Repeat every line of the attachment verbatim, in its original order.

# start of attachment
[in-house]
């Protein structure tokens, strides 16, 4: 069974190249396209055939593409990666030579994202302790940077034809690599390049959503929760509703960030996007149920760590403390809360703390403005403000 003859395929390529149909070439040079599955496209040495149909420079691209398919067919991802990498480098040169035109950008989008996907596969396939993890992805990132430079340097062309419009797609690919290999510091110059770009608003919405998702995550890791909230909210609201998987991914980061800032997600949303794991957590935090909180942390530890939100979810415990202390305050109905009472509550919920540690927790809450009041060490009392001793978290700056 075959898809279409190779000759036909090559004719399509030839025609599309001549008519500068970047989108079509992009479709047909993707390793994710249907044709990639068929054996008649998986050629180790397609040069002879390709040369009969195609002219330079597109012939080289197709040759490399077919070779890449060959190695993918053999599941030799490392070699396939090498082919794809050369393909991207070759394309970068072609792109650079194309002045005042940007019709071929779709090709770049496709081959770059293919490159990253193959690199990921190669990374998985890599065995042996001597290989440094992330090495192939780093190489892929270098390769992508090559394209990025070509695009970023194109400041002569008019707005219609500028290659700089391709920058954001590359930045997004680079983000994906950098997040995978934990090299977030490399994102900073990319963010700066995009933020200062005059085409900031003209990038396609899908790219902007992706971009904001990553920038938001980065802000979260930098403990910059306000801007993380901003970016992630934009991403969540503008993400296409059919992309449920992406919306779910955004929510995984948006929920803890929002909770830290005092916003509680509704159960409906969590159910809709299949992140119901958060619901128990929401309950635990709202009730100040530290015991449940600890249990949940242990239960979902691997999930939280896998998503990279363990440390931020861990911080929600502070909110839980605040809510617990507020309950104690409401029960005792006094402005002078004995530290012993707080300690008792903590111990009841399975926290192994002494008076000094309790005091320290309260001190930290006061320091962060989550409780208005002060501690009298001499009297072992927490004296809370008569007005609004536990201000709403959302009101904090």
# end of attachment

[in-house]
């Protein structure tokens, strides 16, 4: 069974190249396209055939593409990666030579994202302790940077034809690599390049959503929760509703960030996007149920760590403390809360703390403005403000 003859395929390529149909070439040079599955496209040495149909420079691209398919067919991802990498480098040169035109950008989008996907596969396939993890992805990132430079340097062309419009797609690919290999510091110059770009608003919405998702995550890791909230909210609201998987991914980061800032997600949303794991957590935090909180942390530890939100979810415990202390305050109905009472509550919920540690927790809450009041060490009392001793978290700056 075959898809279409190779000759036909090559004719399509030839025609599309001549008519500068970047989108079509992009479709047909993707390793994710249907044709990639068929054996008649998986050629180790397609040069002879390709040369009969195609002219330079597109012939080289197709040759490399077919070779890449060959190695993918053999599941030799490392070699396939090498082919794809050369393909991207070759394309970068072609792109650079194309002045005042940007019709071929779709090709770049496709081959770059293919490159990253193959690199990921190669990374998985890599065995042996001597290989440094992330090495192939780093190489892929270098390769992508090559394209990025070509695009970023194109400041002569008019707005219609500028290659700089391709920058954001590359930045997004680079983000994906950098997040995978934990090299977030490399994102900073990319963010700066995009933020200062005059085409900031003209990038396609899908790219902007992706971009904001990553920038938001980065802000979260930098403990910059306000801007993380901003970016992630934009991403969540503008993400296409059919992309449920992406919306779910955004929510995984948006929920803890929002909770830290005092916003509680509704159960409906969590159910809709299949992140119901958060619901128990929401309950635990709202009730100040530290015991449940600890249990949940242990239960979902691997999930939280896998998503990279363990440390931020861990911080929600502070909110839980605040809510617990507020309950104690409401029960005792006094402005002078004995530290012993707080300690008792903590111990009841399975926290192994002494008076000094309790005091320290309260001190930290006061320091962060989550409780208005002060501690009298001499009297072992927490004296809370008569007005609004536990201000709403959302009101904090």